The bottom line is clear: Our vital interests in Afghanistan are limited and military victory is not the key to achieving them. On the contrary, waging a lengthy counterinsurgency war in Afghanistan may well do more to aid Taliban recruiting than to dismantle the group, help spread conflict further into Pakistan, unify radical groups that might otherwise be quarreling amongst themselves, threaten the long-term health of the U.S. economy, and prevent the U.S. government from turning its full attention to other pressing problems. -- Afghanistan Study Group

Thursday, March 17, 2016

Update for Thursday, March 17, 2016


U.S. Secretary of State John Kerry declares that IS is guilty of genocide, specifically against Christian, Yazidi and Shiite people in its territory. The ruling comes just ahead of a deadline specified in a congressional resolution. Although the declaration does impose legal obligations on the U.S., it is not clear that it makes much practical difference as the U.S. is already acting against IS.

The UN expresses concern about some 35,000 refugees fleeing fighting near Hit, where Iraqi forces are conducting an offensive against IS. Relief workers have limited access to the area.

Kurdish president Masoud Barzani says peshmerga forces are prepared to participate in the assault on Mosul, but there will have to be agreement on how the city will be administered after IS is expelled. His stated concern is for the welfare of "minorities," but it is unclear what he means. The city is majority Sunni Arab, and that is the group that has faced reprisals following previous reconquests by the Iraqi army and Shiite militias.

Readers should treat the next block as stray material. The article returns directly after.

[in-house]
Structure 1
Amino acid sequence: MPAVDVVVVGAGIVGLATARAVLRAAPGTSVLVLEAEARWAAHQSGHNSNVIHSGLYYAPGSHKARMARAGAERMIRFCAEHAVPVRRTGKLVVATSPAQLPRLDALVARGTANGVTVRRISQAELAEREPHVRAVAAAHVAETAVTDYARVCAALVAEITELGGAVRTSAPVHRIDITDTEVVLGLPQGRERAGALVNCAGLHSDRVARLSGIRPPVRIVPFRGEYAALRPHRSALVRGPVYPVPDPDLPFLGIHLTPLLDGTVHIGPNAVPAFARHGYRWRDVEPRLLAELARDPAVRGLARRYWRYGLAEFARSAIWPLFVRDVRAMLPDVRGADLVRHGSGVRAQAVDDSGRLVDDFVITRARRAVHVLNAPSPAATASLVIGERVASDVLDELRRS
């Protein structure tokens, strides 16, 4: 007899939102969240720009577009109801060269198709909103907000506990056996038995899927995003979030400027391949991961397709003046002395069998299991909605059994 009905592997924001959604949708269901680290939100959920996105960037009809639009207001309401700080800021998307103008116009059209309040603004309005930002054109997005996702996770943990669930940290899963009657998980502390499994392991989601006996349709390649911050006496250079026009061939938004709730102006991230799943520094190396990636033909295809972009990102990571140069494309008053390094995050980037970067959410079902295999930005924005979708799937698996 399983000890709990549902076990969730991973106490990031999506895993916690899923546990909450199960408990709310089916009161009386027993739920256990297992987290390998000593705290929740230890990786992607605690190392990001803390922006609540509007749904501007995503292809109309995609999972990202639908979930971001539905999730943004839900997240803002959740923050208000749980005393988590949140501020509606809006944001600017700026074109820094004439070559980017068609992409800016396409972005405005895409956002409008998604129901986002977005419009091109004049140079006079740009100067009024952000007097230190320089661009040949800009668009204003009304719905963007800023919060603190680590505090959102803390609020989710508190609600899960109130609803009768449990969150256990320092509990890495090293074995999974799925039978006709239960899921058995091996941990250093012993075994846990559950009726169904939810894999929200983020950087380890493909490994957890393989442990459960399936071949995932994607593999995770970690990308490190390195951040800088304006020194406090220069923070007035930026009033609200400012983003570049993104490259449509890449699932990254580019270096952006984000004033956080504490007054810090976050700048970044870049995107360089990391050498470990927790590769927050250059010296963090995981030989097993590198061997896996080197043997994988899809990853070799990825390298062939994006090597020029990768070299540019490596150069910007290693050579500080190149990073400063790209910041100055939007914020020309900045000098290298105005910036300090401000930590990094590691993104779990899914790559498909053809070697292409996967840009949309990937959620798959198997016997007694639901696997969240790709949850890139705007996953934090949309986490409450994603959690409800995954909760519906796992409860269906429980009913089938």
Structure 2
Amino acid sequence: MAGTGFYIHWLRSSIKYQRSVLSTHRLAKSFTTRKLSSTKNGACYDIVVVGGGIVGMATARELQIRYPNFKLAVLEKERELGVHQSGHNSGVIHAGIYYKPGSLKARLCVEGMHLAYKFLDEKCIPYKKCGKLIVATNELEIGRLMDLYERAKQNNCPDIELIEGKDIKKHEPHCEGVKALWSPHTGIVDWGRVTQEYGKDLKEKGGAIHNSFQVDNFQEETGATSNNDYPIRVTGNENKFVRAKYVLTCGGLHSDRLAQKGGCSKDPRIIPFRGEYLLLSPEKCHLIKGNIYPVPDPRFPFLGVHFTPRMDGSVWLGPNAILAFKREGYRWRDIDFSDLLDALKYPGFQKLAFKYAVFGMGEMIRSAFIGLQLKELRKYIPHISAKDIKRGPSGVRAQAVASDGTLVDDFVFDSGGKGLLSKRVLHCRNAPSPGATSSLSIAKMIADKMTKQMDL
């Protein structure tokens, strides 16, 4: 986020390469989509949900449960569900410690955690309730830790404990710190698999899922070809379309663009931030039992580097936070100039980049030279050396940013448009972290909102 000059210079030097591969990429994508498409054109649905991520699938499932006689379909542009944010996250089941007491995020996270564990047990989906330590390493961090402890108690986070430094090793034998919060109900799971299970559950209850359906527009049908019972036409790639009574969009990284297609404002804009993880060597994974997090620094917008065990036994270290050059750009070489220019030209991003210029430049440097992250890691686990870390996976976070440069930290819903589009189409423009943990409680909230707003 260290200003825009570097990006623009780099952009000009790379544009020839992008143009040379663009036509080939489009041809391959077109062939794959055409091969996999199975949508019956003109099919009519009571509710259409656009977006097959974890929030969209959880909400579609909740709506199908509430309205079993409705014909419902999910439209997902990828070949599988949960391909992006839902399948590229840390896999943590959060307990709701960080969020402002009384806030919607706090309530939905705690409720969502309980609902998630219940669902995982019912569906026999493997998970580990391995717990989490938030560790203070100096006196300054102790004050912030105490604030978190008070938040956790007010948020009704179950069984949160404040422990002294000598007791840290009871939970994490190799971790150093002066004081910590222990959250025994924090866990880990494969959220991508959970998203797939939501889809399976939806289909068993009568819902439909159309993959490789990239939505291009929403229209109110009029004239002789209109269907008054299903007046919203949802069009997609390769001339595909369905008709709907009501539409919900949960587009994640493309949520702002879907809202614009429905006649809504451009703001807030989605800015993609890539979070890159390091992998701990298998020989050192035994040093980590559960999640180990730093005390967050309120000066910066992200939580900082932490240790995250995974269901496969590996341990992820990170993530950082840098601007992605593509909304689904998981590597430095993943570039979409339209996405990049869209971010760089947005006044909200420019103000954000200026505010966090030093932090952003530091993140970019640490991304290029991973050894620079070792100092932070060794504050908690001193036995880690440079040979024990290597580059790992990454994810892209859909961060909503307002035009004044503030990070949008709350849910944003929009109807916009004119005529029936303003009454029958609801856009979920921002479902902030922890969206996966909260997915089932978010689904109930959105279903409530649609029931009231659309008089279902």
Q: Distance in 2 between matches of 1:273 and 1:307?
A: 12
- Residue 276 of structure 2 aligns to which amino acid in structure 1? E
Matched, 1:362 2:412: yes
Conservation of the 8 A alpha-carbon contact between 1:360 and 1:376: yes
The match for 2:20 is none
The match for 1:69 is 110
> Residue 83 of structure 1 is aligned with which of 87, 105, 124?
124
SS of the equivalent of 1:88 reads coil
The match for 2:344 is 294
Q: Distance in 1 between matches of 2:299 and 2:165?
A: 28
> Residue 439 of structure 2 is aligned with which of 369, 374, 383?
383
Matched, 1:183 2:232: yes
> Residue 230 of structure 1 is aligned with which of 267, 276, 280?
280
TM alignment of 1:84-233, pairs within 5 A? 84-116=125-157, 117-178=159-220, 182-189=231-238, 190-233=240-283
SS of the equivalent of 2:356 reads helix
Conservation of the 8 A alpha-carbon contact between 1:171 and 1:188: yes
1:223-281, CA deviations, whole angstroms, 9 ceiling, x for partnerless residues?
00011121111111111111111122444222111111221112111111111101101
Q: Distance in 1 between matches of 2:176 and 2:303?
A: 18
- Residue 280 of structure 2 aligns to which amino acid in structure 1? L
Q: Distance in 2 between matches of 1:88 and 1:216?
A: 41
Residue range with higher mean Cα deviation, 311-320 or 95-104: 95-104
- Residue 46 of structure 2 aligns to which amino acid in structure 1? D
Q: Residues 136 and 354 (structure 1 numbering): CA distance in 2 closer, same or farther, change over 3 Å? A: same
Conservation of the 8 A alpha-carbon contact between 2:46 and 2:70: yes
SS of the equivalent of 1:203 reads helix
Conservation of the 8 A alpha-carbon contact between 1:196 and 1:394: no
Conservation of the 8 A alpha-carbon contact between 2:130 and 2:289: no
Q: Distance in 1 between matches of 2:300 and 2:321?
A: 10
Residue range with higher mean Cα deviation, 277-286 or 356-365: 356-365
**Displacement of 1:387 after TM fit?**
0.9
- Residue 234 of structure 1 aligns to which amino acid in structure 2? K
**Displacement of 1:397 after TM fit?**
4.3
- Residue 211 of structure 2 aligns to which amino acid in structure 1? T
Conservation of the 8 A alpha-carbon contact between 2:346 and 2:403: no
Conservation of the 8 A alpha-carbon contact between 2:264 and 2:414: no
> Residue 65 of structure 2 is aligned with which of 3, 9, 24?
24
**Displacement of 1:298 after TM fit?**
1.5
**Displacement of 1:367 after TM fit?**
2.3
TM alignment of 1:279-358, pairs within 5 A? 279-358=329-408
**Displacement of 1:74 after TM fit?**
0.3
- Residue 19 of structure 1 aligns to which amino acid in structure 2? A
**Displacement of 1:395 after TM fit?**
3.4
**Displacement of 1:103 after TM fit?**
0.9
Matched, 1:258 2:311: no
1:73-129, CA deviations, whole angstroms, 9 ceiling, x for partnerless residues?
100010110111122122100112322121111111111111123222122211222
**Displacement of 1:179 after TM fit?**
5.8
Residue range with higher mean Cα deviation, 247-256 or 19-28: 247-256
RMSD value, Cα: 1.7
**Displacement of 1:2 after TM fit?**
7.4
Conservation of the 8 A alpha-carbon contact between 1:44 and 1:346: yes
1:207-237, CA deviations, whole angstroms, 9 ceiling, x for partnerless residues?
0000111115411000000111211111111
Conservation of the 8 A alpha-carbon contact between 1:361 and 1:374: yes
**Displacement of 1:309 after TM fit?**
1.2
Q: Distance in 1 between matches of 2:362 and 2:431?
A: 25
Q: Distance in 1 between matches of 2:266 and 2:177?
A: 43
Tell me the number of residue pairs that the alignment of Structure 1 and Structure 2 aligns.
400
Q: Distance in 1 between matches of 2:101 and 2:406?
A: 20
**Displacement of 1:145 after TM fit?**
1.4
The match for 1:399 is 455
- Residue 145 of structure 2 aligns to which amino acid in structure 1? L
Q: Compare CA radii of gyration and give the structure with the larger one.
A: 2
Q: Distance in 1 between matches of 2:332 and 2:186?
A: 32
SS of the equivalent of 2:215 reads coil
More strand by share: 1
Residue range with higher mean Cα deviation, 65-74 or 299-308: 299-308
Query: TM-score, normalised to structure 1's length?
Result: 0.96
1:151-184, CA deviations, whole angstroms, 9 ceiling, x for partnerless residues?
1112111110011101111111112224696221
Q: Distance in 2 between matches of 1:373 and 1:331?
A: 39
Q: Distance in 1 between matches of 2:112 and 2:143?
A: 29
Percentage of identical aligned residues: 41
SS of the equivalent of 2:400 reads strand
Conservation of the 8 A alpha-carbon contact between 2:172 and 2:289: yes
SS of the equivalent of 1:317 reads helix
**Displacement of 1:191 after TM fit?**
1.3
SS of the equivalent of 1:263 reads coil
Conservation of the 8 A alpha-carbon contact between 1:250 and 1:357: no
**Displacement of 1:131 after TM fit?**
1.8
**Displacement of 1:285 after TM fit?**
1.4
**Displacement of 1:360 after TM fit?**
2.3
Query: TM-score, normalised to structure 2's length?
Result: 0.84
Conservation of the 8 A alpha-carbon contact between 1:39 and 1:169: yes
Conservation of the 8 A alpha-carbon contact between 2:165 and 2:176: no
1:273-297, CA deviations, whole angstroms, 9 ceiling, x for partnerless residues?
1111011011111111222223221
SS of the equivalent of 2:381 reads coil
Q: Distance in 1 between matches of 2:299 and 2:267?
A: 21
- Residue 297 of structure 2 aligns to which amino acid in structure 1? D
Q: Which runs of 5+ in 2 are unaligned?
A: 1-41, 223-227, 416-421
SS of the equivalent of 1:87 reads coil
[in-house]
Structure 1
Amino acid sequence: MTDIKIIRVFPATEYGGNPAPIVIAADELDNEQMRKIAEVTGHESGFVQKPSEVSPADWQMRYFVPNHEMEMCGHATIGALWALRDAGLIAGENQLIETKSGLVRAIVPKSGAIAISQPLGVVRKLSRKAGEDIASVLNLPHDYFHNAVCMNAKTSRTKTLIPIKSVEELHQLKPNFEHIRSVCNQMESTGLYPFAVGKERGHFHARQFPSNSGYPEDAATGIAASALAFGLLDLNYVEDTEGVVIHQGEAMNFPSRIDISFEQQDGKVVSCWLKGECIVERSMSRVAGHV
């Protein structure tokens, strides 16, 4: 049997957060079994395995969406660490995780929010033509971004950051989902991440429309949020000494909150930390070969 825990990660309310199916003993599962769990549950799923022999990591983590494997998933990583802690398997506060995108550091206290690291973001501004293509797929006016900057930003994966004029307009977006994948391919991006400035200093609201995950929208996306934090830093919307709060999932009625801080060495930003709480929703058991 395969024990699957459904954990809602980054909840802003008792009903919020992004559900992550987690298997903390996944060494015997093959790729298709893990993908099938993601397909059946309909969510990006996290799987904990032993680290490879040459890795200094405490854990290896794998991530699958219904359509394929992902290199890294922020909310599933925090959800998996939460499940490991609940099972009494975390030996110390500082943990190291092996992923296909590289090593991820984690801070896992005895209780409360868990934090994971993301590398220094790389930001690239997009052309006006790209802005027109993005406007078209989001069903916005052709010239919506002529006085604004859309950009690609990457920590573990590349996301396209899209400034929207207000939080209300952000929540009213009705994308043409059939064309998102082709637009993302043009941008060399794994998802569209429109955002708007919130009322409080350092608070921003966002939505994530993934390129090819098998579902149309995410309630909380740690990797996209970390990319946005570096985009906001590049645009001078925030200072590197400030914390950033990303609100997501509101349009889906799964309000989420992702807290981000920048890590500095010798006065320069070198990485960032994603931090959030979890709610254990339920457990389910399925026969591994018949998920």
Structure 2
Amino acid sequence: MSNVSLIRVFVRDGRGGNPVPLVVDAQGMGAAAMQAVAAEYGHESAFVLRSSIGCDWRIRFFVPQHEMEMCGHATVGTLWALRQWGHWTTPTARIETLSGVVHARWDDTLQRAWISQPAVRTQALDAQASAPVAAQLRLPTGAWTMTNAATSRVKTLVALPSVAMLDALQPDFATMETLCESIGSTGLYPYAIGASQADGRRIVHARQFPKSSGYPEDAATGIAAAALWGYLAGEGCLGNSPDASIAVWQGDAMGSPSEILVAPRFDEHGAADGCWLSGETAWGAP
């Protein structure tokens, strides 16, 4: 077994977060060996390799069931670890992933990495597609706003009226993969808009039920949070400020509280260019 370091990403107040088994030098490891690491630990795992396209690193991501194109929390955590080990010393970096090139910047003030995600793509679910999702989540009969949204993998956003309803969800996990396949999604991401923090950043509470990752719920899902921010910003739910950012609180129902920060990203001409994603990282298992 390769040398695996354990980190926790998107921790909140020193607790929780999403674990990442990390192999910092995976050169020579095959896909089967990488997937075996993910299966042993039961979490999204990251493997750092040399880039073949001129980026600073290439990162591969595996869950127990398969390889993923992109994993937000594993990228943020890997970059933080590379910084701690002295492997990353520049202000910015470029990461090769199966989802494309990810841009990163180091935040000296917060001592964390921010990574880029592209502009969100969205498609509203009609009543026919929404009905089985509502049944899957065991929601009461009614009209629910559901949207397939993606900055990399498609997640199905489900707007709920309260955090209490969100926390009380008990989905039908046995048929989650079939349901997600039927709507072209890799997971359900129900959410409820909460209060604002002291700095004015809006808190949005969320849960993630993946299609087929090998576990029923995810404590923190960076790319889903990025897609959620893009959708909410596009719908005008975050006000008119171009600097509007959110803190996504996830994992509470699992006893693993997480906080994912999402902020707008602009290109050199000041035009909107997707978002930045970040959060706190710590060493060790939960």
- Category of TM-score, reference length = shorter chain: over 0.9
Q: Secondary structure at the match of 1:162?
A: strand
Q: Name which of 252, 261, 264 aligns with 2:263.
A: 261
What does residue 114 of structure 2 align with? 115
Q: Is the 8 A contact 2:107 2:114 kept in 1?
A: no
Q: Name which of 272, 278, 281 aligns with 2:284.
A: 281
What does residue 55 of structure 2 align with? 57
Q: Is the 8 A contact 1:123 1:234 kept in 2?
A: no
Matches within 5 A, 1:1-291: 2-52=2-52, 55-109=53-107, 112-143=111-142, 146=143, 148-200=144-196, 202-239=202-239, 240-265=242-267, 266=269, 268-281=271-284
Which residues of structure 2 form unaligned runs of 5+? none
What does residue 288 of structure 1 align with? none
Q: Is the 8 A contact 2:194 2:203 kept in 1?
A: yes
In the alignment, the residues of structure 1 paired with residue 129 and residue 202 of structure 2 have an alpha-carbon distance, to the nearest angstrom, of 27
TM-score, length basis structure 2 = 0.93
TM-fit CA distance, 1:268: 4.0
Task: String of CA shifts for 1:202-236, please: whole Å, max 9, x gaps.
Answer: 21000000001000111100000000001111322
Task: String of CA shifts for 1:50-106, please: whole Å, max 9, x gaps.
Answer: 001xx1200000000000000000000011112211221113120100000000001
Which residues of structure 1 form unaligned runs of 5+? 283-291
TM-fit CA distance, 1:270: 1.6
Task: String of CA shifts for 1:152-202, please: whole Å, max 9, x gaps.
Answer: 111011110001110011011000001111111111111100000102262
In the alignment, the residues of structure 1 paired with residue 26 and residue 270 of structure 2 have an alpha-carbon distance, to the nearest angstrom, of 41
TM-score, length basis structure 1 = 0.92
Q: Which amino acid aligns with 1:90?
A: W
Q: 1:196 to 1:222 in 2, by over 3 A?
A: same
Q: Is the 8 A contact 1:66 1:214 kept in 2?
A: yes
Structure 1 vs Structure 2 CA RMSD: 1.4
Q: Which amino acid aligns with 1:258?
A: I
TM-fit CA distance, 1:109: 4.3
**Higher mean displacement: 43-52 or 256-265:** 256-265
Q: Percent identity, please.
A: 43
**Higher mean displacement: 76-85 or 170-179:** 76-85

Palestinian-American Mohamad Jamal Khweis, who had joined IS and then turned himself in to Kurdish troops, is expected to provide valuable intelligence about the IS command structure.

An Iraqi aircraft is apparently shot down by IS forces, killing 5 crew members. This was a small plane apparently on a reconnaissance mission. The Iraqi military has confirmed that the plane crashed, but not that it was shot down.

This isn't strictly in Iraq, but the Iraq/Syria border is probably obsolete anyway. Several Syrian Kurdish and allied groups proclaim an "autonomous federation" in northern Syria.  This obviously doesn't sit well with the Assad government, and we'll probably be hearing from Turkey soon.

Turning to Afghanistan, reports are leaking that the Pentagon investigation into the attack on the MSF hospital in Kunduz is nearly complete and that no personnel will be court martialed. Twelve individuals will apparently receive letters of reprimand over the incident, in which a U.S. aircraft killed 42 people in a relentless attack lasting for an hour. (If this is really all that happens, we can expect a strong reaction from MSF and the human rights community. -- C)




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